Actually it's really not a cheap shot since scripture never makes a distinction like the one claimed here. 

Why is it that my voice always seems to be loudest when I am saying the dumbest things?

Anne Sokol's picture

there were a lot of things Jesus said and did that are not recorded in the Bible. Are they not divine communication / deeds? they are, just not preserved in the canon.

He said He'd give us his Spirit who will teach us, who will lead us into all truth. He is the Counselor, the comforter. Communication going on here.

God said he'd give (communicate to) us words to speak when we are put before men and accused.

 

Paul Henebury's picture

Thanks for this article, and for naming names, which is sometimes necessary.  

As a pastor I am constantly running into Christians who would rather trust their feelings and intuitions than the Bible.  Indeed, they (often unconsciously) judge Scripture by their experiences and feelings rather then the other way round.  For many believers today the Bible is not enough, they want subjective impressions to authenticate God's will in their lives.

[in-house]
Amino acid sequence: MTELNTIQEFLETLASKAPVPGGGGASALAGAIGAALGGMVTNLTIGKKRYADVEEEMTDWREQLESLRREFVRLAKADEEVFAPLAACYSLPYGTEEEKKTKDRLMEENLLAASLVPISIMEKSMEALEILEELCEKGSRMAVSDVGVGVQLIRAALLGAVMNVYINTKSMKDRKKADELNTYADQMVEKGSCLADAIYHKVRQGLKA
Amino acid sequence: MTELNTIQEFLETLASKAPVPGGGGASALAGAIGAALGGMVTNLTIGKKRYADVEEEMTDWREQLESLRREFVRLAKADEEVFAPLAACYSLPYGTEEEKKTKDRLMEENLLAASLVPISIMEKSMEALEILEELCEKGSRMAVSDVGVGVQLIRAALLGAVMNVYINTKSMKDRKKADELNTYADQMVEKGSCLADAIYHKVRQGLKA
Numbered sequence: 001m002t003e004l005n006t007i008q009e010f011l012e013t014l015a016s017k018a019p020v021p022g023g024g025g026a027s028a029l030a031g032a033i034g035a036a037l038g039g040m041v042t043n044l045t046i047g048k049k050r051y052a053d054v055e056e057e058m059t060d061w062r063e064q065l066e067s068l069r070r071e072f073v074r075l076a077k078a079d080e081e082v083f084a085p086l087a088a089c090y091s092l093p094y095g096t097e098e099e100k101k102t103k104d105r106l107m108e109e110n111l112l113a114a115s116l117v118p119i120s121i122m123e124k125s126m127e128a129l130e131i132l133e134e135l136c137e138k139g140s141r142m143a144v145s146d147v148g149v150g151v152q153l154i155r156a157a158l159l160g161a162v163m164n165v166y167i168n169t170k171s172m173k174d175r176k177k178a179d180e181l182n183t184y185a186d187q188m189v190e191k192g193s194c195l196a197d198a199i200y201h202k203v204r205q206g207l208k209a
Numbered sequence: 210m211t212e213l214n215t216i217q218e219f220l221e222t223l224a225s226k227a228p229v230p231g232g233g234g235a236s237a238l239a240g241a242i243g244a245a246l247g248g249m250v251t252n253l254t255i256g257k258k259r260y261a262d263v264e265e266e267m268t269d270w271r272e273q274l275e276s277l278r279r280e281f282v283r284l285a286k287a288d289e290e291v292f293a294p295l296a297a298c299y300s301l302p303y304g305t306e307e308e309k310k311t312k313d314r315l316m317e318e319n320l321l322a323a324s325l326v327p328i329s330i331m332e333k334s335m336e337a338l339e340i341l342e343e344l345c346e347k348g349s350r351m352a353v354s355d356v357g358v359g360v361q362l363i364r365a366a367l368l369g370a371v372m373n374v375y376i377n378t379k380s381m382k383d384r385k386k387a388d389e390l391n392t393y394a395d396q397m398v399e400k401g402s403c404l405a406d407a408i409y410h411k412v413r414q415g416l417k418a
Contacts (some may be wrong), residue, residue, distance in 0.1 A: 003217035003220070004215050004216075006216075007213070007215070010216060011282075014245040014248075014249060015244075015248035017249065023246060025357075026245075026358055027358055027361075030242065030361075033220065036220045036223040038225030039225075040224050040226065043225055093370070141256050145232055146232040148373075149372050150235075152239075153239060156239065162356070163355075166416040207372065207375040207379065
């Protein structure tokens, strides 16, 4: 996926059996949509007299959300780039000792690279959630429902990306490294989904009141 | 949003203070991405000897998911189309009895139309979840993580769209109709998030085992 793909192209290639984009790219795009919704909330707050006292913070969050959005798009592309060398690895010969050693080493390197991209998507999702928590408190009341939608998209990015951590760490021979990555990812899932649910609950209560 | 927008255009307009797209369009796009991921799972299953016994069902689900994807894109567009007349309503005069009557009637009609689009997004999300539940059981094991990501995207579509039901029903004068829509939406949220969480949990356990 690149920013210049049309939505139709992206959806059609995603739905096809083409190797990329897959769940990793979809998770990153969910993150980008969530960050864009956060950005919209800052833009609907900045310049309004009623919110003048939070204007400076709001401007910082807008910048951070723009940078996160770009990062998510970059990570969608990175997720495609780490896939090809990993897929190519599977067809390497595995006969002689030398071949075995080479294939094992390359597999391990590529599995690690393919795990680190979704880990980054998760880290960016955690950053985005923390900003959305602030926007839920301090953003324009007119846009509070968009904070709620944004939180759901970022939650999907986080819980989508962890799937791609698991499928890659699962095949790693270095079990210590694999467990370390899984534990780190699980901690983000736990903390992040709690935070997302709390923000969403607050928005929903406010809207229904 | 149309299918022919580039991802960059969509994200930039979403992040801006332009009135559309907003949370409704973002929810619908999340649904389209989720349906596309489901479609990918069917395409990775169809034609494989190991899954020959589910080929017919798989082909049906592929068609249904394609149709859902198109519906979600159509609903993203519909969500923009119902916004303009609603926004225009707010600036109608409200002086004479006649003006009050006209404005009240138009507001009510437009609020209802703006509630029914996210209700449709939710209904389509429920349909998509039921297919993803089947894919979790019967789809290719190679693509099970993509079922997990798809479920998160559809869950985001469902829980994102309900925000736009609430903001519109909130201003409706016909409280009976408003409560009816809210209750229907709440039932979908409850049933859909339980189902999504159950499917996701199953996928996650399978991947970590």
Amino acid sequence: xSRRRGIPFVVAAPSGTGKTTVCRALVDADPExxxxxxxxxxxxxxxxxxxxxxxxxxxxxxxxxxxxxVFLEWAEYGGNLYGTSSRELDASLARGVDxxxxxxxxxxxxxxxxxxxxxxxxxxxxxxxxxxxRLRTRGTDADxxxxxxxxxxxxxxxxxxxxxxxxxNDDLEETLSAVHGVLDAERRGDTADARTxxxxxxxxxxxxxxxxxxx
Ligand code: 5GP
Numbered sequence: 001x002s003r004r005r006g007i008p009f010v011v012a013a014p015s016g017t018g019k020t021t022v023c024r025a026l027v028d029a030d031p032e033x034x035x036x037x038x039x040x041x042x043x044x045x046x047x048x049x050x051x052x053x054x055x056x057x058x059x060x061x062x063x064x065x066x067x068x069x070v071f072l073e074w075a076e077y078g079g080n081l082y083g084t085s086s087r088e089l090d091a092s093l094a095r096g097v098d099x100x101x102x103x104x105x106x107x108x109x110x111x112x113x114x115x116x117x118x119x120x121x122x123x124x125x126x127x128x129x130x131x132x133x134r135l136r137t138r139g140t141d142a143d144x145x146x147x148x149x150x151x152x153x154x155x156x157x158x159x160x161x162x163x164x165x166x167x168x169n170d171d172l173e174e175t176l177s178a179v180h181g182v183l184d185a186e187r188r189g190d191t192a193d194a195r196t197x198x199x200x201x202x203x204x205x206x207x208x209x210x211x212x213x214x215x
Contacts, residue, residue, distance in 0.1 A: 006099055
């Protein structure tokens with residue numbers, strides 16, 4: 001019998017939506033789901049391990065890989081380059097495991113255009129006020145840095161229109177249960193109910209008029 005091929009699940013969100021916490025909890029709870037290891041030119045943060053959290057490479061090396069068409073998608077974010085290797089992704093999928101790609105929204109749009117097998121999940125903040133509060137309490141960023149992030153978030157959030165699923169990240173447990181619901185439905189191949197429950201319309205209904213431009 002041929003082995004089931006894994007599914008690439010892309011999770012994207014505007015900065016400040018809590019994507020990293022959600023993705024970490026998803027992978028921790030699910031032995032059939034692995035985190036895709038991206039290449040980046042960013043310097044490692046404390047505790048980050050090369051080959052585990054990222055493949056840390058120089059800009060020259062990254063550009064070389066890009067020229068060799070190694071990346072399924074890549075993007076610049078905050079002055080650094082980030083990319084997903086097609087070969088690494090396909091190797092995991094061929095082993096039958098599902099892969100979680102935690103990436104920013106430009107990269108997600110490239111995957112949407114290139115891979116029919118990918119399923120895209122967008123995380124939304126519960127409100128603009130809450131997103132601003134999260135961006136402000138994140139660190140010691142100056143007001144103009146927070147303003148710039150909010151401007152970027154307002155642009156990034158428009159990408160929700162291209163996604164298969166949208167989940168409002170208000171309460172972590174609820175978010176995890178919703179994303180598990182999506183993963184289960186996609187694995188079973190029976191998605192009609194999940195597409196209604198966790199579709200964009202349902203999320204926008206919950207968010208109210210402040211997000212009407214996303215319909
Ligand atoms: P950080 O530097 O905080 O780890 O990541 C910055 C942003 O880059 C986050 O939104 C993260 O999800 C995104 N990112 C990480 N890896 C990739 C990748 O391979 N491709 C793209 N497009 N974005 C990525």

The fault (and I believe it is a grave one) lies at the door of our pastors and teachers.

Dr. Paul Henebury

I am Founder of Telos Ministries, and Senior Pastor at Agape Bible Church in N. Ca.

Aaron Blumer's picture

EditorAdmin

ssutter wrote:

technically the WC is rejecting additions to the "Whole Council of God" - it's not rejecting either revelations of the spirit or traditions of man per se. (am I reading the WC wrong?)